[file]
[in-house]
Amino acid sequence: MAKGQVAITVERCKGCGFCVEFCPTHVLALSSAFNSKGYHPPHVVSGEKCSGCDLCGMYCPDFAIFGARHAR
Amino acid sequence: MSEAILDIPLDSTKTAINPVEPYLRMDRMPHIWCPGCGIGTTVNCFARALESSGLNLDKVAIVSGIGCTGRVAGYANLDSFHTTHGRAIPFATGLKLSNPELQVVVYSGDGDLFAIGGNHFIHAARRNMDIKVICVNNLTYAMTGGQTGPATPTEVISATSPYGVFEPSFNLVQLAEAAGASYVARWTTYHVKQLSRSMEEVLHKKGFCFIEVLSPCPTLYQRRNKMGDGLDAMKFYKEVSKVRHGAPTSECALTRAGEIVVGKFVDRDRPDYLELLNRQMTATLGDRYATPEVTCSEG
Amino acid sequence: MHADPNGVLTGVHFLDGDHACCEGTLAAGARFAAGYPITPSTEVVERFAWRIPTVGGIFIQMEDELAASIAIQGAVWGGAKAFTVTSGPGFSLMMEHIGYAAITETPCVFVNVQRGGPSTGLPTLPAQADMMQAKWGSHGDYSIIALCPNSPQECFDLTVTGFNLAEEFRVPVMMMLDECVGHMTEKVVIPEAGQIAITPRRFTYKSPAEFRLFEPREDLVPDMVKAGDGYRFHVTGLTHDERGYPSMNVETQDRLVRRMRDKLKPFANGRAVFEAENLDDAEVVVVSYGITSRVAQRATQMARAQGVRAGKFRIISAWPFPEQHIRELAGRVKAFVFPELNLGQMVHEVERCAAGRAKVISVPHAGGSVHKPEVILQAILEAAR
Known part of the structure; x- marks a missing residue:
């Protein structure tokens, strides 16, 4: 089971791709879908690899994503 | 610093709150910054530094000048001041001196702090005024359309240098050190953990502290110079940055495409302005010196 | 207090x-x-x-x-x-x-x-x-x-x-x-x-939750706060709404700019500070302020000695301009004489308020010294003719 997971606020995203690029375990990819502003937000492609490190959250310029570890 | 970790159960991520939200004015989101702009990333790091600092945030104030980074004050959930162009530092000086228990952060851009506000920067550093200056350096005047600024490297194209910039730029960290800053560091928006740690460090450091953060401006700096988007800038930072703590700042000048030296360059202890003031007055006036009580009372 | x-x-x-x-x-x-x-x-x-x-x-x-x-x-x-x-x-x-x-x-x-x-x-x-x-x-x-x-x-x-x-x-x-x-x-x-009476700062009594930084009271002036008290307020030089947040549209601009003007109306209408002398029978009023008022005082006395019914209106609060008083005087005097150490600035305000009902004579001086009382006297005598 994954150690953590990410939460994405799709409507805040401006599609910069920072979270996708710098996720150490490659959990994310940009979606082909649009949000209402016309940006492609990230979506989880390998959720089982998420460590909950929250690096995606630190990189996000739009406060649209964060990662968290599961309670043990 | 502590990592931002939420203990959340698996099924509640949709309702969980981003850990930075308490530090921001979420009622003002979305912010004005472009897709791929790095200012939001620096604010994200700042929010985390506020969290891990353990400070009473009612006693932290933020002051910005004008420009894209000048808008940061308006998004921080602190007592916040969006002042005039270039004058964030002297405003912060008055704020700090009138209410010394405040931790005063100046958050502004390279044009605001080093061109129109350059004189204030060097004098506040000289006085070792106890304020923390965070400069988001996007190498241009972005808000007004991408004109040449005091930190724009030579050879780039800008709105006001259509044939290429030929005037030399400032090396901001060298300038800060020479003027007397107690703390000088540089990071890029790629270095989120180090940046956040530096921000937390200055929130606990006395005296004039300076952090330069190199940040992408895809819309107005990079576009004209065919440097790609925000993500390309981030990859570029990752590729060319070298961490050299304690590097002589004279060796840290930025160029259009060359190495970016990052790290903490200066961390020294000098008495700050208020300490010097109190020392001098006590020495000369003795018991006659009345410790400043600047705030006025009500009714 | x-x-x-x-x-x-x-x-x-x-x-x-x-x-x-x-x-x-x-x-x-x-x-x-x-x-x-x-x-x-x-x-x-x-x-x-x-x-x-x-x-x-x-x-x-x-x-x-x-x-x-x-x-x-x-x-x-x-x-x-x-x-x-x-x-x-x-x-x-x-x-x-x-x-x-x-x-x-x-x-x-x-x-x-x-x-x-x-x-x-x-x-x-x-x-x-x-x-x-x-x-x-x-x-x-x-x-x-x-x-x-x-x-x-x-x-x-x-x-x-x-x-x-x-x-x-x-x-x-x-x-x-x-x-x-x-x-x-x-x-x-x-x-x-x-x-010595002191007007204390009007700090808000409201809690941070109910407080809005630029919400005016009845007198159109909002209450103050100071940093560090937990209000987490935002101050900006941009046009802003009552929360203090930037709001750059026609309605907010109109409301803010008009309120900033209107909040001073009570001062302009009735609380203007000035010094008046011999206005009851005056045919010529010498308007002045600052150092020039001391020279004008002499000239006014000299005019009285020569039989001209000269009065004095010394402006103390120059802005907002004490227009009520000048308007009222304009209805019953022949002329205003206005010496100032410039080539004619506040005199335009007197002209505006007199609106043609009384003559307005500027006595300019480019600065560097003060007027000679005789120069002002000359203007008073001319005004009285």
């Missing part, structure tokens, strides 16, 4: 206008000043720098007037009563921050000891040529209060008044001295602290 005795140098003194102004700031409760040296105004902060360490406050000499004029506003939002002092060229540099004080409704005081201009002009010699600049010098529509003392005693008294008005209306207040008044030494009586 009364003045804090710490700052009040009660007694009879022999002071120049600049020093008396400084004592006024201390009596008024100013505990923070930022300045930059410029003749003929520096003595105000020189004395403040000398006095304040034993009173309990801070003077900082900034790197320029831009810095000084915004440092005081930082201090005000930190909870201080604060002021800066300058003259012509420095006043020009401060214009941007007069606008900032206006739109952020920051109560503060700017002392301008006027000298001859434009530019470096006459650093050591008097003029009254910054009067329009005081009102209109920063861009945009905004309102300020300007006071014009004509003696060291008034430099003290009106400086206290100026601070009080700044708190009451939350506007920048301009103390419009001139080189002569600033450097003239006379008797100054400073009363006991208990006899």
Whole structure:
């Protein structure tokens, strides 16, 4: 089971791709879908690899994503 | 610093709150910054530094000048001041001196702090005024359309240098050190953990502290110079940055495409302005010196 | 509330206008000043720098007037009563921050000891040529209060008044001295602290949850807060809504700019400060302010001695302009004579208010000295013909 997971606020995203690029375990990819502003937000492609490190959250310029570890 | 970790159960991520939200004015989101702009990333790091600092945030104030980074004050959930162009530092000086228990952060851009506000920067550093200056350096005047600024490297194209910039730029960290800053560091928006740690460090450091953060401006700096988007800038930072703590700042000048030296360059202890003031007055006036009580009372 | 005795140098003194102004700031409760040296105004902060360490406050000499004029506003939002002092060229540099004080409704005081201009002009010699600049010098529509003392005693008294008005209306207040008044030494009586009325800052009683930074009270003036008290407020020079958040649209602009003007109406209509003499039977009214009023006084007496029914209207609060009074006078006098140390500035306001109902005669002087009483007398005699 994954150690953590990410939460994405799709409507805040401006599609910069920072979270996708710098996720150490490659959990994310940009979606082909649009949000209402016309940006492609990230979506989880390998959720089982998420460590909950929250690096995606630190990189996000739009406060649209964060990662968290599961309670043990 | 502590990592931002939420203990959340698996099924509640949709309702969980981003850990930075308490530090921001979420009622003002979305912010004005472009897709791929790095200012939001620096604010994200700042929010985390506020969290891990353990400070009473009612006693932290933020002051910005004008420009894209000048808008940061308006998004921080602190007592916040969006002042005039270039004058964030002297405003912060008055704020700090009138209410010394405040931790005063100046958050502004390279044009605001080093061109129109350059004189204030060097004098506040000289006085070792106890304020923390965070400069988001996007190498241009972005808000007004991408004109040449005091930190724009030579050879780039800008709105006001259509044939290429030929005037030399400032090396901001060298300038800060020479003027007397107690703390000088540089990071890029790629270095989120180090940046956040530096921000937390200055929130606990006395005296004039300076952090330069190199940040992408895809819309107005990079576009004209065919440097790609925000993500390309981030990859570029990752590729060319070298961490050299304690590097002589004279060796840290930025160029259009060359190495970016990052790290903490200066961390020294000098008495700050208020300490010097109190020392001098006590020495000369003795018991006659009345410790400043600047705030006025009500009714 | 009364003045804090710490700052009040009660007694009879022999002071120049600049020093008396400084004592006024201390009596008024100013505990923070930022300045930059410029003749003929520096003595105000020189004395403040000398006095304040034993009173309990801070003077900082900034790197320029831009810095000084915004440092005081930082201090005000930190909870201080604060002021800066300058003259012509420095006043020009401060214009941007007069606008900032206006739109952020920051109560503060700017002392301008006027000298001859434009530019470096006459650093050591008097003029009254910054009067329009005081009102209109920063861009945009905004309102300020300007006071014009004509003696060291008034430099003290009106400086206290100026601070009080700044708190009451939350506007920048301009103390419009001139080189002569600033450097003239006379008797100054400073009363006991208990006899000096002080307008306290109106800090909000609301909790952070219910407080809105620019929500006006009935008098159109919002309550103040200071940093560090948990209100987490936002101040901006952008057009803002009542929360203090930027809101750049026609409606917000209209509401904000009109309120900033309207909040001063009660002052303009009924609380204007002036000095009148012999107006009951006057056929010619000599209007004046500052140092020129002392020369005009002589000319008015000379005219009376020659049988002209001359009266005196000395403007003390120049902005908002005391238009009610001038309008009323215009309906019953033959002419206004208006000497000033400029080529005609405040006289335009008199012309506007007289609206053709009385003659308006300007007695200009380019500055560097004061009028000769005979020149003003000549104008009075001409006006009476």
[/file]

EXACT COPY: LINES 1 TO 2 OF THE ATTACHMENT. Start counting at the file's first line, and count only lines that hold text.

[in-house]
Amino acid sequence: MAKGQVAITVERCKGCGFCVEFCPTHVLALSSAFNSKGYHPPHVVSGEKCSGCDLCGMYCPDFAIFGARHAR